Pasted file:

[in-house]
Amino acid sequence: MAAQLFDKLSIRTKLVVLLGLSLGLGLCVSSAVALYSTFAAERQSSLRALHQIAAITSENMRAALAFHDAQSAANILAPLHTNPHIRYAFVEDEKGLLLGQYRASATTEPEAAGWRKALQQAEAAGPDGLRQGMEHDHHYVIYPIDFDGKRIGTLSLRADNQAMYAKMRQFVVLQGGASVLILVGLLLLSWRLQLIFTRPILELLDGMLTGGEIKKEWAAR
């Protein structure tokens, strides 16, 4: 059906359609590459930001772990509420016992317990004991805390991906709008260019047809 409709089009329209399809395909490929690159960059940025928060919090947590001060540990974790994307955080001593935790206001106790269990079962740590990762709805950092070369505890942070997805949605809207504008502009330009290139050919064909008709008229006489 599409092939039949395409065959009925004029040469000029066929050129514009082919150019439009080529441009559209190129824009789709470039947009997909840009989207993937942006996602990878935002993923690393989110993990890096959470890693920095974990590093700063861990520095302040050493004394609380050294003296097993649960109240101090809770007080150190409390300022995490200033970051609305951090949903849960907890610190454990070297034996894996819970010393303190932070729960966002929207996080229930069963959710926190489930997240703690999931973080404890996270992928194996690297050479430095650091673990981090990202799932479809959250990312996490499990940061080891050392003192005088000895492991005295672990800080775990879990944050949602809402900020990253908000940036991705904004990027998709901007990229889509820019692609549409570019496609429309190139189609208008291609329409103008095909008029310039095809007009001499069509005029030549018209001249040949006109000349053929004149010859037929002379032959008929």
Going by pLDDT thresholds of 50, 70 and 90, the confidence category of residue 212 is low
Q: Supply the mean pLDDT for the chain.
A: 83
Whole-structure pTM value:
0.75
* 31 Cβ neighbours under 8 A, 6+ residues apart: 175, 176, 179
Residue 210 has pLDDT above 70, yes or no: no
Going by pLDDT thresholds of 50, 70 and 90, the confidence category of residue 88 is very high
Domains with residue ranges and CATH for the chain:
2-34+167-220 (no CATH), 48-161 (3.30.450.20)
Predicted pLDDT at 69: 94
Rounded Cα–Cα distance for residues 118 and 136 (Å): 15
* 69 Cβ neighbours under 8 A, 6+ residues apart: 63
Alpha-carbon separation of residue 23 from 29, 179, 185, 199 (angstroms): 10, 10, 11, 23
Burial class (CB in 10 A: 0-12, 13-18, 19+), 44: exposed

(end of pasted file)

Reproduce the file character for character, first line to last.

[in-house]
Amino acid sequence: MAAQLFDKLSIRTKLVVLLGLSLGLGLCVSSAVALYSTFAAERQSSLRALHQIAAITSENMRAALAFHDAQSAANILAPLHTNPHIRYAFVEDEKGLLLGQYRASATTEPEAAGWRKALQQAEAAGPDGLRQGMEHDHHYVIYPIDFDGKRIGTLSLRADNQAMYAKMRQFVVLQGGASVLILVGLLLLSWRLQLIFTRPILELLDGMLTGGEIKKEWAAR
């Protein structure tokens, strides 16, 4: 059906359609590459930001772990509420016992317990004991805390991906709008260019047809 409709089009329209399809395909490929690159960059940025928060919090947590001060540990974790994307955080001593935790206001106790269990079962740590990762709805950092070369505890942070997805949605809207504008502009330009290139050919064909008709008229006489 599409092939039949395409065959009925004029040469000029066929050129514009082919150019439009080529441009559209190129824009789709470039947009997909840009989207993937942006996602990878935002993923690393989110993990890096959470890693920095974990590093700063861990520095302040050493004394609380050294003296097993649960109240101090809770007080150190409390300022995490200033970051609305951090949903849960907890610190454990070297034996894996819970010393303190932070729960966002929207996080229930069963959710926190489930997240703690999931973080404890996270992928194996690297050479430095650091673990981090990202799932479809959250990312996490499990940061080891050392003192005088000895492991005295672990800080775990879990944050949602809402900020990253908000940036991705904004990027998709901007990229889509820019692609549409570019496609429309190139189609208008291609329409103008095909008029310039095809007009001499069509005029030549018209001249040949006109000349053929004149010859037929002379032959008929």
Going by pLDDT thresholds of 50, 70 and 90, the confidence category of residue 212 is low
Q: Supply the mean pLDDT for the chain.
A: 83
Whole-structure pTM value:
0.75
* 31 Cβ neighbours under 8 A, 6+ residues apart: 175, 176, 179
Residue 210 has pLDDT above 70, yes or no: no
Going by pLDDT thresholds of 50, 70 and 90, the confidence category of residue 88 is very high
Domains with residue ranges and CATH for the chain:
2-34+167-220 (no CATH), 48-161 (3.30.450.20)
Predicted pLDDT at 69: 94
Rounded Cα–Cα distance for residues 118 and 136 (Å): 15
* 69 Cβ neighbours under 8 A, 6+ residues apart: 63
Alpha-carbon separation of residue 23 from 29, 179, 185, 199 (angstroms): 10, 10, 11, 23
Burial class (CB in 10 A: 0-12, 13-18, 19+), 44: exposed